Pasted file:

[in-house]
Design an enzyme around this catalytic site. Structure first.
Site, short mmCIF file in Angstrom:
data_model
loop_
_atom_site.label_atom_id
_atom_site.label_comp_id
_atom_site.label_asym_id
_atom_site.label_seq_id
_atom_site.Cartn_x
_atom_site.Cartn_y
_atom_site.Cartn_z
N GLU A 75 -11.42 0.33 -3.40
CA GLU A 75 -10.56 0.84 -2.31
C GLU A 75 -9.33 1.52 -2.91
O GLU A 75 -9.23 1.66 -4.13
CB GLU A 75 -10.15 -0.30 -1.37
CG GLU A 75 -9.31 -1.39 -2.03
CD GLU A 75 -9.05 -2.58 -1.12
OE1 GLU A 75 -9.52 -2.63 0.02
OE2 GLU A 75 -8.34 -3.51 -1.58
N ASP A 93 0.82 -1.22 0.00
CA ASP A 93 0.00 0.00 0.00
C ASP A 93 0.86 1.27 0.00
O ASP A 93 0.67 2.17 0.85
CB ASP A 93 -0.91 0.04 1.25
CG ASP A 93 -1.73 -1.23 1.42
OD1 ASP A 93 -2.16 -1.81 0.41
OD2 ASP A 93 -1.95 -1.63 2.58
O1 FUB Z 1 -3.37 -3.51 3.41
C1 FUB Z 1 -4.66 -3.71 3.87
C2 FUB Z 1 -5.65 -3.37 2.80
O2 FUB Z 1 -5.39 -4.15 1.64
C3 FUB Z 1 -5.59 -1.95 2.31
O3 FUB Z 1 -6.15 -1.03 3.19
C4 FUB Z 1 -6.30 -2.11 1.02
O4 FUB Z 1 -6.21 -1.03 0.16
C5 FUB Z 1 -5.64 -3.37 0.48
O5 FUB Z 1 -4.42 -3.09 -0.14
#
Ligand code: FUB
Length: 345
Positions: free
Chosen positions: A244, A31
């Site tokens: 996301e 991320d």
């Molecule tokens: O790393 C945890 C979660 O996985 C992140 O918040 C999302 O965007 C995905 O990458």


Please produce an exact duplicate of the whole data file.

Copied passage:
[in-house]
Design an enzyme around this catalytic site. Structure first.
Site, short mmCIF file in Angstrom:
data_model
loop_
_atom_site.label_atom_id
_atom_site.label_comp_id
_atom_site.label_asym_id
_atom_site.label_seq_id
_atom_site.Cartn_x
_atom_site.Cartn_y
_atom_site.Cartn_z
N GLU A 75 -11.42 0.33 -3.40
CA GLU A 75 -10.56 0.84 -2.31
C GLU A 75 -9.33 1.52 -2.91
O GLU A 75 -9.23 1.66 -4.13
CB GLU A 75 -10.15 -0.30 -1.37
CG GLU A 75 -9.31 -1.39 -2.03
CD GLU A 75 -9.05 -2.58 -1.12
OE1 GLU A 75 -9.52 -2.63 0.02
OE2 GLU A 75 -8.34 -3.51 -1.58
N ASP A 93 0.82 -1.22 0.00
CA ASP A 93 0.00 0.00 0.00
C ASP A 93 0.86 1.27 0.00
O ASP A 93 0.67 2.17 0.85
CB ASP A 93 -0.91 0.04 1.25
CG ASP A 93 -1.73 -1.23 1.42
OD1 ASP A 93 -2.16 -1.81 0.41
OD2 ASP A 93 -1.95 -1.63 2.58
O1 FUB Z 1 -3.37 -3.51 3.41
C1 FUB Z 1 -4.66 -3.71 3.87
C2 FUB Z 1 -5.65 -3.37 2.80
O2 FUB Z 1 -5.39 -4.15 1.64
C3 FUB Z 1 -5.59 -1.95 2.31
O3 FUB Z 1 -6.15 -1.03 3.19
C4 FUB Z 1 -6.30 -2.11 1.02
O4 FUB Z 1 -6.21 -1.03 0.16
C5 FUB Z 1 -5.64 -3.37 0.48
O5 FUB Z 1 -4.42 -3.09 -0.14
#
Ligand code: FUB
Length: 345
Positions: free
Chosen positions: A244, A31
């Site tokens: 996301e 991320d």
């Molecule tokens: O790393 C945890 C979660 O996985 C992140 O918040 C999302 O965007 C995905 O990458």